At one point in the 1720s, he hired Constantia Crawley (1705-32), a young and exceptionally brilliant classical scholar and poet. They were married in 1727 and the charismatic Constantia did much to improve the public reception of the hardworking but comparatively taciturn Scotsman. Following Constantia's untimely death, Grierson solidified his dominance of Irish publishing upon marrying Jane Blow, the daughter of James Blow, Belfast's leading printer.
In 1729, Grierson was appointed to become the "King's Printer" for Ireland, a highly lucrative and honorific post, in which capacity he was responsible for printing all parliamentary and government papers.
His first major foray into cartography was his publication of the first Irish edition of Sir William Petty's atlas of Ireland (1732), originally issued in London in 1685.
Following the death of Herman Moll, in 1732, Grierson set about producing Irish editions of Moll's maps which were no longer under copyright.
As noted by Dennis Reinhartz in The Cartographer and the Literati - Herman Moll and his Intellectual Circle:
"…two editions of [Moll's Large Atlas] The World Described... were done by the Dublin publisher George Grierson... all of the maps in the Irish editions were completely re-engraved, even to the point of understandably having been rededicated to contemporary Irish notables. The Grierson atlas had new and/or changed cartouches, dedications, details, and comments. It also showed obvious erasers and additions, and some of the maps were updated."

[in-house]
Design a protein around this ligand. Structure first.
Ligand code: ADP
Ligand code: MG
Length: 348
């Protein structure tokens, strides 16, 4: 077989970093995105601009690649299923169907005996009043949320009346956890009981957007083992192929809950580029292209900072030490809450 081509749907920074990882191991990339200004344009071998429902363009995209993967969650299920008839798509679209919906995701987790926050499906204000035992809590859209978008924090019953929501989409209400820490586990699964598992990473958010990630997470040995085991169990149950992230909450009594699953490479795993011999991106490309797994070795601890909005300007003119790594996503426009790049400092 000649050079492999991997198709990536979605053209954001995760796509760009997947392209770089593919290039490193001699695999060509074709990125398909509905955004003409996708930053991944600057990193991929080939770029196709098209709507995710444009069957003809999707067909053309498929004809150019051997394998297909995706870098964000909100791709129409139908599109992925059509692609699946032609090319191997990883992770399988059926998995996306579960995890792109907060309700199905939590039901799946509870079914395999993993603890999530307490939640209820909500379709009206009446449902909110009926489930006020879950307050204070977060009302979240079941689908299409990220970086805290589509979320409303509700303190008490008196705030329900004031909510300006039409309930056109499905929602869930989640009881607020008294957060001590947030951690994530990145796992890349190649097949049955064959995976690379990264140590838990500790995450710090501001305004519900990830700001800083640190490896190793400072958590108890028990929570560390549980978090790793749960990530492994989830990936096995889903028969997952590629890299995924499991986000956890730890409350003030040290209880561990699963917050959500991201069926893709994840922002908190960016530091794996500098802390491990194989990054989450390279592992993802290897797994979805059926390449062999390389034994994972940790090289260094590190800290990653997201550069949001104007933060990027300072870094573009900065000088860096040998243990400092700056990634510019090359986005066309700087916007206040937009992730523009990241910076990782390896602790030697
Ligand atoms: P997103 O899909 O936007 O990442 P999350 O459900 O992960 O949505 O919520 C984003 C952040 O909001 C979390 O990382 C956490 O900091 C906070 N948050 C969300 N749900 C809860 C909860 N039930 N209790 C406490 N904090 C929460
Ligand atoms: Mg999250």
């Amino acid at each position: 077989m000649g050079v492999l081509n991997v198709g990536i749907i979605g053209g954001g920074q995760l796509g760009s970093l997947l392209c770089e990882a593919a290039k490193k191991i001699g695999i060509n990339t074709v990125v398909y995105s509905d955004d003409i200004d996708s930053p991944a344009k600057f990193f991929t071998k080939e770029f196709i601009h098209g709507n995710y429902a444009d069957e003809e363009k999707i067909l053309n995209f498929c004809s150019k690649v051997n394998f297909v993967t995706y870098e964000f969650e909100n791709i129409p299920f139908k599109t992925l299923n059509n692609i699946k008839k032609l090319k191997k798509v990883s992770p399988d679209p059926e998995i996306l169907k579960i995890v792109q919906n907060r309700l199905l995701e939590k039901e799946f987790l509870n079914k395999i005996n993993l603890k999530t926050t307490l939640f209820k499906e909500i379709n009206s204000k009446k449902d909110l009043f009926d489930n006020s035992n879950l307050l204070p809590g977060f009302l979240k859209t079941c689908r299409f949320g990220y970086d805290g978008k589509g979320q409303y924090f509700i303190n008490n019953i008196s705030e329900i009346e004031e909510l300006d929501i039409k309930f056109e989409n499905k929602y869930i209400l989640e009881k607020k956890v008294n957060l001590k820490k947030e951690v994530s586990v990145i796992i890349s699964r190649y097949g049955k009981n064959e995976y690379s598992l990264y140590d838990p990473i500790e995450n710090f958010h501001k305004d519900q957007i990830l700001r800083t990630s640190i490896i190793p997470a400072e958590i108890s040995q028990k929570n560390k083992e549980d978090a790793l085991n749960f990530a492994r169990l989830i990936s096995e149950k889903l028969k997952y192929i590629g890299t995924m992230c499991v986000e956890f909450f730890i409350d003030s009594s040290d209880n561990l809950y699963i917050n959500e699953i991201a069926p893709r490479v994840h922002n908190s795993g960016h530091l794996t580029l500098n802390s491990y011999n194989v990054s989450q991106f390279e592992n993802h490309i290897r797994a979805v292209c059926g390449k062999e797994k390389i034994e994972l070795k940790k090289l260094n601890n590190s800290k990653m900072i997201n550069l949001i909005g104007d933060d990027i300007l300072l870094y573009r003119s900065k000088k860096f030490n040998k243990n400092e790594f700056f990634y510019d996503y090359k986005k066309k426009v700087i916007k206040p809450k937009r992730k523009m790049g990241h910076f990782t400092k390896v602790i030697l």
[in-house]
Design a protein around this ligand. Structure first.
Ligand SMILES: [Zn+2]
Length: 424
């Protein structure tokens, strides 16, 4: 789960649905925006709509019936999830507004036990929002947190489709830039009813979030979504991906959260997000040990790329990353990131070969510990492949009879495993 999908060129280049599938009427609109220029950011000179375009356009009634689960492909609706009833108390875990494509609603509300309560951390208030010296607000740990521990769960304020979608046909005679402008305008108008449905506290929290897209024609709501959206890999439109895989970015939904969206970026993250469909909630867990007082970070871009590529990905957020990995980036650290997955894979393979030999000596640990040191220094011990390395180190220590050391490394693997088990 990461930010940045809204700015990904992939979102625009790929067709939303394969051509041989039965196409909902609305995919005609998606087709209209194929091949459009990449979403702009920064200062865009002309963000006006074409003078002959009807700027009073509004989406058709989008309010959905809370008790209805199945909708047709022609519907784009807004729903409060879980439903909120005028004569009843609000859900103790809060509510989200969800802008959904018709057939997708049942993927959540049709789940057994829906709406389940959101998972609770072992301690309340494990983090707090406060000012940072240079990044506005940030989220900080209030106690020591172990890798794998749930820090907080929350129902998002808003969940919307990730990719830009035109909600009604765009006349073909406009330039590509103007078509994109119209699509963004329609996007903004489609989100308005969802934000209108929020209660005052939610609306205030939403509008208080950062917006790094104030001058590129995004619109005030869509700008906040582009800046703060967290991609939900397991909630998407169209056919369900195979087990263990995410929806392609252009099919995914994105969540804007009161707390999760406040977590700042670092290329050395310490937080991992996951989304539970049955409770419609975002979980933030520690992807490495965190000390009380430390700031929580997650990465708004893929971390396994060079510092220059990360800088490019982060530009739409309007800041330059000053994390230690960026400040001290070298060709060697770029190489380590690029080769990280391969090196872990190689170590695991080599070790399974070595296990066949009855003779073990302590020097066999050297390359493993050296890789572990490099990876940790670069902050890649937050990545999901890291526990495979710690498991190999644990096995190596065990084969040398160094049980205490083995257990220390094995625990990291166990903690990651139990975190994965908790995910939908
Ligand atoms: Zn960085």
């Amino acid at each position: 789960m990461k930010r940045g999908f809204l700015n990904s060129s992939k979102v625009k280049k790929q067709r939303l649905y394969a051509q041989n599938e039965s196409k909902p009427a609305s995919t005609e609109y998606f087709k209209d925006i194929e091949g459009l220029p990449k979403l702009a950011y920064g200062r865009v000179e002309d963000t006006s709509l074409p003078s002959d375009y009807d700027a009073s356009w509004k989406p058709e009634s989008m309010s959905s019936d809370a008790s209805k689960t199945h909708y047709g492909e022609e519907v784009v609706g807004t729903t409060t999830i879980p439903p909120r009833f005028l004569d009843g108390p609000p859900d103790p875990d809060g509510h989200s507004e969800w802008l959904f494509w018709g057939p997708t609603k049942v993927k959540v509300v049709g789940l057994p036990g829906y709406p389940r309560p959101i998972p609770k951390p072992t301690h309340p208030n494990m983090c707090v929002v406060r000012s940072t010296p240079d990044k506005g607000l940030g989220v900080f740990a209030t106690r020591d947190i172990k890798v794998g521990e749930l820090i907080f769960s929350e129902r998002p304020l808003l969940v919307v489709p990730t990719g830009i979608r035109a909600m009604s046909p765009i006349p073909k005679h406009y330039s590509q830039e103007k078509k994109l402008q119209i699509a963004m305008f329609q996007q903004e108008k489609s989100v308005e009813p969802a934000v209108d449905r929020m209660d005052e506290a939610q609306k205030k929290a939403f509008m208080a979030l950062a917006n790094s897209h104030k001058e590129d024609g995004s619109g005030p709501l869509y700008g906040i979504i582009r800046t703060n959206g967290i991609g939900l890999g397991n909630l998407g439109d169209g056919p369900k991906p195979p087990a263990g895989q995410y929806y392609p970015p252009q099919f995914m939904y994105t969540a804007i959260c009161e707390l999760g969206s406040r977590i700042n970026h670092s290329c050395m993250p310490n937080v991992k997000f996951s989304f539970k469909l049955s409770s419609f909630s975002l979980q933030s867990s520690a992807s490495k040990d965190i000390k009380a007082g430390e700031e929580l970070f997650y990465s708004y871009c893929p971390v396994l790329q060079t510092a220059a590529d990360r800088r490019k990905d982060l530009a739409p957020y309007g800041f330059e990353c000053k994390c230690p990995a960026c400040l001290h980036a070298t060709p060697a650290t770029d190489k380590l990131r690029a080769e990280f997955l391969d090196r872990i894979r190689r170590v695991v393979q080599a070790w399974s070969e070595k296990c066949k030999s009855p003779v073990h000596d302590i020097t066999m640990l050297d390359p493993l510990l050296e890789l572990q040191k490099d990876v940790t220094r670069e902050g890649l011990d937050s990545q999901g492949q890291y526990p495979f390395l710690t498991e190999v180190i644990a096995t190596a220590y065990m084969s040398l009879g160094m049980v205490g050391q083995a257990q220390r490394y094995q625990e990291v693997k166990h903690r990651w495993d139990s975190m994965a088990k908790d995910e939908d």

Many of these maps (such as the present map) were exceedingly large and preparing the copper-plates was a major technical undertaking never before attempted in Ireland. This explains why some of Grierson's editions may appear to be somewhat crude in style compared to the London editions. Far from being due to carelessness, these imperfections are due to the growing-pains of attempting something bold and ambitious in a new setting.
While his editions of Moll's maps were likely also issued separately, Grierson issued complete editions of Moll's atlas, The World Described. Ashley Baynton-Williams, the foremost authority on maps published in the British Isles, reports that only two examples of the Grierson edition of The World Described are recorded. One example is to be found in the collections of the Royal Geographic Society (London) and the other at the Library of Trinity College (Dublin), although it is not known if these atlases are complete.
Grierson followed this up with his own edition of Mount & Page's sea atlas, The English Pilot (1749), being the first sea atlas printed in Ireland.
Grierson succeeded in greatly expanding the ambitions and technical capabilities of the printing industry in Ireland, which in turn assisted the flourishing of Irish writers and artists in the decades to come. George Grierson died in 1753 and was succeeded in the business by his son Boulter Grierson, who notably reissued his father's edition of The English Pilot in 1767. The Grierson firm continued to operate for the next three generations.